Mother and Baby

Sort it! 6 Ways To Help Your Tot Feel Happy About Nursery

There may be tears (yours as well as your baby’s) and tantrums, but these top tips can help your child prep for his big day at nursery

It’s nearly here, he’s about to start nursery, or going back after the Christmas break, but flash-forwards of her all alone in an unfamiliar place are making you well up. Whether you’re nervous she won’t settle in or worried she’ll begin WW3, a few tricks can help her off to the smoothest start.

1. Be positive

Even the most easy-going mum can find the whole nursery thing pretty emosh. In fact, our stress can rub off on children making your usually happy child resistant to a new change. She’ll only mirror your stress so stay perky, keep a smile on your face and act as if you’re going on a fun adventure.

2. Master the drop off

You’ve dropped her off at the playpen and sneaking out the door, until: ‘Muuuummmmyyyy!’ Cue the stream of tears and wails only dogs and dolphins can match. But don’t be too hard on her as there’s a good reason why your toddler is crying, she hasn’t yet developed the cognitive ability to remember if and when you’ll return. Spend a couple of hours (or even a day or two) with your toddler if she’s new to the nursery before you leave her alone, it’ll help her get used to the room and other children.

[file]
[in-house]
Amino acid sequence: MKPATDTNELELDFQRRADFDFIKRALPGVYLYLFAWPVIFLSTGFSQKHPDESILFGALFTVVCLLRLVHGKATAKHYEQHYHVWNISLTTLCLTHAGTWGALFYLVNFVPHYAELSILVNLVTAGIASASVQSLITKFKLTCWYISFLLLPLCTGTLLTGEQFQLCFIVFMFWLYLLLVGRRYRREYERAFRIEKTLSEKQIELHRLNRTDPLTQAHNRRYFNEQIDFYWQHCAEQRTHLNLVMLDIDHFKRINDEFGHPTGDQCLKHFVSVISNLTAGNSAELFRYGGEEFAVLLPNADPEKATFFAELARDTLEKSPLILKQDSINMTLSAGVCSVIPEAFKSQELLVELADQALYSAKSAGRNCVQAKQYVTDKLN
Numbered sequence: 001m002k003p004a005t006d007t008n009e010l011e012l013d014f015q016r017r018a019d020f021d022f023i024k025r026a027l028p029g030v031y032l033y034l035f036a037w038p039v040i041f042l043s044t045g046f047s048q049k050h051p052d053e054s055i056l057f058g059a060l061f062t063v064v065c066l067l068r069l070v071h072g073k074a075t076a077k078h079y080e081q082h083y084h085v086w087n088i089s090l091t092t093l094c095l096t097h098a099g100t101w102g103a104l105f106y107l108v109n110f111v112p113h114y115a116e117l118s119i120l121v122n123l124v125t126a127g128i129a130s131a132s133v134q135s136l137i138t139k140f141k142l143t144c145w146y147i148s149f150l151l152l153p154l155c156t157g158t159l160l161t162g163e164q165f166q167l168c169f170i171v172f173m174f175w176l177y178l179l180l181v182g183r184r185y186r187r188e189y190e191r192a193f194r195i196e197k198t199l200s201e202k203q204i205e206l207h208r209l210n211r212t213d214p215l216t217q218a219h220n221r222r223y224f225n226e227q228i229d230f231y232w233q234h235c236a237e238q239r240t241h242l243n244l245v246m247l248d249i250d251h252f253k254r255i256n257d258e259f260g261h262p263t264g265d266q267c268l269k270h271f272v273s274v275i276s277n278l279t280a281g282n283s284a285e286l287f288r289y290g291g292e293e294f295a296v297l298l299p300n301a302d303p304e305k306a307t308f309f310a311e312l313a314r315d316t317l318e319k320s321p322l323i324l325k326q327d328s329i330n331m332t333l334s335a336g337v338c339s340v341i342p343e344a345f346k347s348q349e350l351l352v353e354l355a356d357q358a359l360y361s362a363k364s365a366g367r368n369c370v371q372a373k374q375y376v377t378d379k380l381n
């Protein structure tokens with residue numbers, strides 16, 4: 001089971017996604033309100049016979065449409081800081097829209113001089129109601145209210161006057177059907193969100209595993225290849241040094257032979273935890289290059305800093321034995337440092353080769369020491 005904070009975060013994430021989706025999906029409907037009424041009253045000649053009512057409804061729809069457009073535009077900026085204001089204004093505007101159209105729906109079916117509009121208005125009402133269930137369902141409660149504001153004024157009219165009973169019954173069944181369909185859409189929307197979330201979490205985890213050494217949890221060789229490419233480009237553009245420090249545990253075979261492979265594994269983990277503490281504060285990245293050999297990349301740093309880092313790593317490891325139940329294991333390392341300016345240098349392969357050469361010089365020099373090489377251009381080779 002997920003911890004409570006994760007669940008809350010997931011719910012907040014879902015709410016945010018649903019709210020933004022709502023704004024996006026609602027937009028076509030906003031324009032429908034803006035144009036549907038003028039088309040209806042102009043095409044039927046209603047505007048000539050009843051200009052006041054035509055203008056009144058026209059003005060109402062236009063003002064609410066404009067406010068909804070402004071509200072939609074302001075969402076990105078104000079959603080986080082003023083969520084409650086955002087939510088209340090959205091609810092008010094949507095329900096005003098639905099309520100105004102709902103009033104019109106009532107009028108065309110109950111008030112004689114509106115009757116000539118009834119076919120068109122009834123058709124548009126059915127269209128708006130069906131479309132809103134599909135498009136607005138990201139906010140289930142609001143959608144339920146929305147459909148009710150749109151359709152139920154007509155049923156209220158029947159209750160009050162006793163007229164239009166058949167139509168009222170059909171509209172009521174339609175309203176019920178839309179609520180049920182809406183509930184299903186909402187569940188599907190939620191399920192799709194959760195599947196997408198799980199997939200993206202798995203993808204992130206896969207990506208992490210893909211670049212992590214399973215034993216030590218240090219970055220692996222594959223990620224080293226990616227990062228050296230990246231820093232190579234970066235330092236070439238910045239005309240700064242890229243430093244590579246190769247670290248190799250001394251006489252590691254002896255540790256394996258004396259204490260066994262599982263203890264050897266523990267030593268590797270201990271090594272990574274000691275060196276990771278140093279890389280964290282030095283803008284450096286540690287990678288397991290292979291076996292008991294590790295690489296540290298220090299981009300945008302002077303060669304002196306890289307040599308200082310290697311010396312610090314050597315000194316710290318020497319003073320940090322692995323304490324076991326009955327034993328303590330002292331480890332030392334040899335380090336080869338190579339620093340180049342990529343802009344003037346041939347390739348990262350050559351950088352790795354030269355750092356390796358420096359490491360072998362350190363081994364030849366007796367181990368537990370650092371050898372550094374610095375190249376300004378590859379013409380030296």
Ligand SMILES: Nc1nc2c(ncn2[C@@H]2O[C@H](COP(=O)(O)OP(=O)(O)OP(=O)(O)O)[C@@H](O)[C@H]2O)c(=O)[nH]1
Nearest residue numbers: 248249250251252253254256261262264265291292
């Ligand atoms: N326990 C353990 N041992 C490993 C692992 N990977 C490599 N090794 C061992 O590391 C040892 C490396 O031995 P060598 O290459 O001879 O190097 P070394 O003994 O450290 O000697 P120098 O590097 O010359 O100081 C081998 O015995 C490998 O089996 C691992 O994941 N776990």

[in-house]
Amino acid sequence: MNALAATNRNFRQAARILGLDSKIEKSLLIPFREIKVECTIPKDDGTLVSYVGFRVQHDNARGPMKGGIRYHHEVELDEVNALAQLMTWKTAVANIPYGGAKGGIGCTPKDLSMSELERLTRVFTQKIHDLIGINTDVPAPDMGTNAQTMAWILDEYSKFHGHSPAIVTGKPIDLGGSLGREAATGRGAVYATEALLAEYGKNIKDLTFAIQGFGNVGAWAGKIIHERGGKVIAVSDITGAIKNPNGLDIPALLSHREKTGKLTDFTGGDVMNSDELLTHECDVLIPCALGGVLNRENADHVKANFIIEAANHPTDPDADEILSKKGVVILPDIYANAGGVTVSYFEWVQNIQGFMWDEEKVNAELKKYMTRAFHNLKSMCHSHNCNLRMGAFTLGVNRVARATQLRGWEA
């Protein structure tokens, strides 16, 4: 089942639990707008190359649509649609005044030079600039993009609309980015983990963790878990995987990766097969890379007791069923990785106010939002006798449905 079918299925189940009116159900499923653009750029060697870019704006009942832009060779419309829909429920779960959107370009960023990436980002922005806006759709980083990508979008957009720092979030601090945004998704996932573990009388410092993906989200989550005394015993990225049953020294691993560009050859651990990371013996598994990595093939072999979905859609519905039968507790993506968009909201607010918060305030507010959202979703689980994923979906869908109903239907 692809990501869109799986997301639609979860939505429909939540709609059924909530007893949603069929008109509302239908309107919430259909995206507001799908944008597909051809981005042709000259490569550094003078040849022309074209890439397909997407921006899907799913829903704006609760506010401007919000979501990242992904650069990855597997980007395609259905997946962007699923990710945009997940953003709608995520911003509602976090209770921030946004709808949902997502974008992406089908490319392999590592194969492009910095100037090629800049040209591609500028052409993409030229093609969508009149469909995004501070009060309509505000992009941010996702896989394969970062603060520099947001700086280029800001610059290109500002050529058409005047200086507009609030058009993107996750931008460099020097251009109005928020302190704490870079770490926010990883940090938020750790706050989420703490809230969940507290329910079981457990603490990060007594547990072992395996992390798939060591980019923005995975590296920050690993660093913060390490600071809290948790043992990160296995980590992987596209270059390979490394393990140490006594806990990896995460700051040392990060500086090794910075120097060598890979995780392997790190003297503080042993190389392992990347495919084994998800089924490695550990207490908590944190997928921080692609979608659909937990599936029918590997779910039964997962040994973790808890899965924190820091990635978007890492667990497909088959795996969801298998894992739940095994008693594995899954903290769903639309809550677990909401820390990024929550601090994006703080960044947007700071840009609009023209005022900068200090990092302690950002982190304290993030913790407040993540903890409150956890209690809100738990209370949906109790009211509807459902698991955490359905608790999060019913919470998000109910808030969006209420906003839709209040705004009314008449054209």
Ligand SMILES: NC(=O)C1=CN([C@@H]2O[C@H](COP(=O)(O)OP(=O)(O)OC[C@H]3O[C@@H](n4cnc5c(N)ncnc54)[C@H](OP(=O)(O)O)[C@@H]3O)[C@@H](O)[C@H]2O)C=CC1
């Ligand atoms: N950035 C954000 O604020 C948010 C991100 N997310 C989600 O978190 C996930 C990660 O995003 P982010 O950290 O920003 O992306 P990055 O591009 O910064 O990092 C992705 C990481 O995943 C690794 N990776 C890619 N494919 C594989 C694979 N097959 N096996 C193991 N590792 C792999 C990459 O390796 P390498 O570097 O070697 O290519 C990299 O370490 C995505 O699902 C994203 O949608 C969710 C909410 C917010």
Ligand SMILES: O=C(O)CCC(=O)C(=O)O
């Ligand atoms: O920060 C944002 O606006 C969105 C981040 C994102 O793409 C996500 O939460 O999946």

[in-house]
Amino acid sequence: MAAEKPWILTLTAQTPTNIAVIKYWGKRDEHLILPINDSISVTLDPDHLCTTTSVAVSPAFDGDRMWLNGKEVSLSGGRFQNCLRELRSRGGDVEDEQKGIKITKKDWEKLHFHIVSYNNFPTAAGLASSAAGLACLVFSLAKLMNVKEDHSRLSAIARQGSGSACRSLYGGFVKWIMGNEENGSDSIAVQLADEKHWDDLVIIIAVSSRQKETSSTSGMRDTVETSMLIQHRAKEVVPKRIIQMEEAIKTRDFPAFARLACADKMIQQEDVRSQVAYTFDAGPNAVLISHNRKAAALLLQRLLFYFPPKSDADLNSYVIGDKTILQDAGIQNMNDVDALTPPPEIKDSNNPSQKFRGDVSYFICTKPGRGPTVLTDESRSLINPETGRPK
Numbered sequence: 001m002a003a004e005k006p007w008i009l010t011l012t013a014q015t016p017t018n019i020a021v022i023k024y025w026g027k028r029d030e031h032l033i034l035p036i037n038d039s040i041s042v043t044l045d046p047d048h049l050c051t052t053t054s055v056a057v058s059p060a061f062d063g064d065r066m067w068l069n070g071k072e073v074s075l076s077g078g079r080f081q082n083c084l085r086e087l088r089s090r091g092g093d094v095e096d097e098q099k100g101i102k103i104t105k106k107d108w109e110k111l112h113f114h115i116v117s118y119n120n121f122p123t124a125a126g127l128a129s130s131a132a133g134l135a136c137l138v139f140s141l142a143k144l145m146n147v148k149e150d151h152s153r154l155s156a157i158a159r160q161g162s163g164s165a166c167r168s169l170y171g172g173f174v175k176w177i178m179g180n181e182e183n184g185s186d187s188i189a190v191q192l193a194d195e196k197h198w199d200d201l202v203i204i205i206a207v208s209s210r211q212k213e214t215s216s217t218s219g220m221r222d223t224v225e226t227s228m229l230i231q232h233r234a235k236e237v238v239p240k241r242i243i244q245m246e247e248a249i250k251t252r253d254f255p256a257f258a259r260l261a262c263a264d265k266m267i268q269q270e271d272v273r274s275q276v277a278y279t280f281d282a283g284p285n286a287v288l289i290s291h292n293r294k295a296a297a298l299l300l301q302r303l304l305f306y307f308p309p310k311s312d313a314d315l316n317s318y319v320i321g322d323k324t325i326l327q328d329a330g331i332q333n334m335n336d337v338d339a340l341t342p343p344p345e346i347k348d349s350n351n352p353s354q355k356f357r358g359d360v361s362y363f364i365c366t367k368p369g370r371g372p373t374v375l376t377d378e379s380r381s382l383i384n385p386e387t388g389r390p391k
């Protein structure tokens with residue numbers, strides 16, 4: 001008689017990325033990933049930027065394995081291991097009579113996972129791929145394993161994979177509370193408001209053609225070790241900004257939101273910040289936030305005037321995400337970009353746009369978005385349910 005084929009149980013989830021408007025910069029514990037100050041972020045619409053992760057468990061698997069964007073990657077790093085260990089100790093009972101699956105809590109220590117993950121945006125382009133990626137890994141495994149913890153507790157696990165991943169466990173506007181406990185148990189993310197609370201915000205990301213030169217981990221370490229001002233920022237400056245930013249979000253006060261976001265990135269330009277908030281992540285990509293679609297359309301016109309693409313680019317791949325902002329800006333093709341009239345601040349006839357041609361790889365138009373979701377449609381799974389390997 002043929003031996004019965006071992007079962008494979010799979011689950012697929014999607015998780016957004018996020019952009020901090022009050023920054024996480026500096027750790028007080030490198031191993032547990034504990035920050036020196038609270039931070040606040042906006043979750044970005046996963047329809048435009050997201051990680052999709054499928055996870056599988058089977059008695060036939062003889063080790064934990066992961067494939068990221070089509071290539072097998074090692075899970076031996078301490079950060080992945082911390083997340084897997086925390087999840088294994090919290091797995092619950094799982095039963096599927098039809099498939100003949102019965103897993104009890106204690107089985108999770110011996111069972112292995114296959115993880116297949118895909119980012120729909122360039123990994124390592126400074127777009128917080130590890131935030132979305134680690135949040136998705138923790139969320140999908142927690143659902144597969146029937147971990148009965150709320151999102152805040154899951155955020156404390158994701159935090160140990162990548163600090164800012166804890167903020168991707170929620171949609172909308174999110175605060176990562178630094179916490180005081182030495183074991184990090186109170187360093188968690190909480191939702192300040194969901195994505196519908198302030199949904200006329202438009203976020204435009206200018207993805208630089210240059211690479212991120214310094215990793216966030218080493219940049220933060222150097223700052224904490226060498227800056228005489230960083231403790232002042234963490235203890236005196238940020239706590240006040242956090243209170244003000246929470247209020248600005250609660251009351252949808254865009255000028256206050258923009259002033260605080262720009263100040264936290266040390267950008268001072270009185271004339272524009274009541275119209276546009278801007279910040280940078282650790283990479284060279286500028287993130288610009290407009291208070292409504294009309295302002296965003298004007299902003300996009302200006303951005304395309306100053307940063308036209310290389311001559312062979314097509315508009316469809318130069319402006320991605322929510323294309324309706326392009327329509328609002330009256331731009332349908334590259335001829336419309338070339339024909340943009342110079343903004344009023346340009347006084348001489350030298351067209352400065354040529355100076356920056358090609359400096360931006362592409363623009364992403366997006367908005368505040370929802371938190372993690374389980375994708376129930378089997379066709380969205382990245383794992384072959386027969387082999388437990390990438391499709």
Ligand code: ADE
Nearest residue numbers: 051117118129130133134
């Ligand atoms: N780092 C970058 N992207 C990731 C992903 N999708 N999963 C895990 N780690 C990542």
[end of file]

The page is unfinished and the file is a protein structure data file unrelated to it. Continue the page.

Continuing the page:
3. Let him take a reminder

Help her adjust by allowing her to take along a familiar toy. Why not let her keep her favourite teddy bear or comfort blanket and tell her that if she’s missing mum she should give it a squeeze. Clear it with the staff beforehand to make sure they’re happy with the plan and don’t take it away from her.

4. Stop snatching

She’s grabbing every toy like Armageddon’s hit. Oh the shame! Children don’t learn to share until they’re around three years old. So if there are sandpit duels over spades, quit worrying, as other little rascals are probably at it too. Praise your tot whenever she manages to share a toy and if other children are trotting over, make sure there are enough playthings to go round.

5. Beat tantrums

A tantrumming toddler may make you want to scream and stomp your feet, too. But try not to react. In fact, ignore her behaviour completely. ‘Playing up to her tantrums may make them worse,’ says parenting expert Lorraine Thomas, author of Brilliantly Behaved Toddler, Quercus, £9.99. ‘A wobbly may be a cry for attention, so shouting or even politely asking her to stop won’t work.’ Calmly tell her she can’t play if she carries on crying – the threat should be enough to calm her down. 

6. Try to relax

Just like getting used to any other new experience in life – the best cure is time. While some kids may take to nursery straight away, others can spend the first couple of weeks missing home. Talk through his day and remind her you’ll see her later. To reassure your own nerves, talk to the other staff and mums to see how other kids are getting on during the day.

How do you cope if your toddler doesn’t want to go to nursery?


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